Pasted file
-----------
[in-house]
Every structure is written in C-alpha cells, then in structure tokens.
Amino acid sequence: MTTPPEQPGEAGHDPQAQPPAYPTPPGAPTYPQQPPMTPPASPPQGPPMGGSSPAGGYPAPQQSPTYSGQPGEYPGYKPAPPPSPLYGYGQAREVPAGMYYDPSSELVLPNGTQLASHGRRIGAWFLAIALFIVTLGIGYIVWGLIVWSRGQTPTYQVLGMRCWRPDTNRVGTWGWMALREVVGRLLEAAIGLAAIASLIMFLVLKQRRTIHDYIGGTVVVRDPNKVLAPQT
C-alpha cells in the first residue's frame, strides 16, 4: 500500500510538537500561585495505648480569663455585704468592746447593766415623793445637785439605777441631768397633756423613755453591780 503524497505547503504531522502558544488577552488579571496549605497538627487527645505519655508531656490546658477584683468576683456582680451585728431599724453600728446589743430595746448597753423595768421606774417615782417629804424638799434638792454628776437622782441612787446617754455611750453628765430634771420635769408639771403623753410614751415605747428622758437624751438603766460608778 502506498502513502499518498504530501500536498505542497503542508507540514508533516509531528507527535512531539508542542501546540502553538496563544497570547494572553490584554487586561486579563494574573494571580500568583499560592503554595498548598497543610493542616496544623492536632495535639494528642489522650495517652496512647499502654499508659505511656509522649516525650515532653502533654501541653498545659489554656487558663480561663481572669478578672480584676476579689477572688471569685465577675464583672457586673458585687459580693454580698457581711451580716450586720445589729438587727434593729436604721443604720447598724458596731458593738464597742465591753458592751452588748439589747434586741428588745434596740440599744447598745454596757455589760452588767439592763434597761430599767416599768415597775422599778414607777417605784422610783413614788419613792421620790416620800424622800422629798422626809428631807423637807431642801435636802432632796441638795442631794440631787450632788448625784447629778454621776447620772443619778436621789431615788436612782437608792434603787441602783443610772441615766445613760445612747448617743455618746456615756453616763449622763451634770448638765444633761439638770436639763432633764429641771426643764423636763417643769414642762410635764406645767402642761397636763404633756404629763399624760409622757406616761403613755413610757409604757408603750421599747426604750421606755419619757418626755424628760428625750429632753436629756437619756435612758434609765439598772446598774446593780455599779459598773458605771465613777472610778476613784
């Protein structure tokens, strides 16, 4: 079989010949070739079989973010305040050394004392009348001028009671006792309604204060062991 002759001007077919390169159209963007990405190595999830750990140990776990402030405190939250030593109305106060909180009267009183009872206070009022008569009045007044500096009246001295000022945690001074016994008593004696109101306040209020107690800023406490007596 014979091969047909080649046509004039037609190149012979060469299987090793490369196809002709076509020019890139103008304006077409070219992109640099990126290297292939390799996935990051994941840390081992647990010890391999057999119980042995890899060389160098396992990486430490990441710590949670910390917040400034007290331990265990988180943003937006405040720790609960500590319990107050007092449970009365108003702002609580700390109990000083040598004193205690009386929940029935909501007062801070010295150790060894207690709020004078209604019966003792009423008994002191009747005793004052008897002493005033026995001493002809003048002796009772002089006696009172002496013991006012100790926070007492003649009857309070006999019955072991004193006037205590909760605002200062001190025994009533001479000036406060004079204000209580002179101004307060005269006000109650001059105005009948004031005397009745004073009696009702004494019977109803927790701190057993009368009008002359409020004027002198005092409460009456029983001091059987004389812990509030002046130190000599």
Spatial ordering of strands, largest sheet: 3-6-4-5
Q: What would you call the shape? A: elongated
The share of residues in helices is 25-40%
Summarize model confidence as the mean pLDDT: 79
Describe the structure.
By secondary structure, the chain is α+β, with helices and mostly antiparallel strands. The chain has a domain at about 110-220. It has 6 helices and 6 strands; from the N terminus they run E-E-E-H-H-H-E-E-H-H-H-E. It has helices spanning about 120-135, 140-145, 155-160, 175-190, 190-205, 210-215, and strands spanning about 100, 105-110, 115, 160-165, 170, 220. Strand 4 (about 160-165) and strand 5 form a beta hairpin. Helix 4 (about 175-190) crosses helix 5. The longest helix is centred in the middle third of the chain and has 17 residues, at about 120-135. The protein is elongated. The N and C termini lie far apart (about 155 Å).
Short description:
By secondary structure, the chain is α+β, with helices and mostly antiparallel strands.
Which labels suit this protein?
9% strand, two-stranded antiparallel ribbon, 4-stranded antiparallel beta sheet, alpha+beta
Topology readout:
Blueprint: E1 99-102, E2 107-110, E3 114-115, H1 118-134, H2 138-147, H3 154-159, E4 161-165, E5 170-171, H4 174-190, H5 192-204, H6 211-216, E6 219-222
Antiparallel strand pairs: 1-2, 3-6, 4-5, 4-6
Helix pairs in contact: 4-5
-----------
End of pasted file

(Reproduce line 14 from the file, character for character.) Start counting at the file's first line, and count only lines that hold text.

Which labels suit this protein?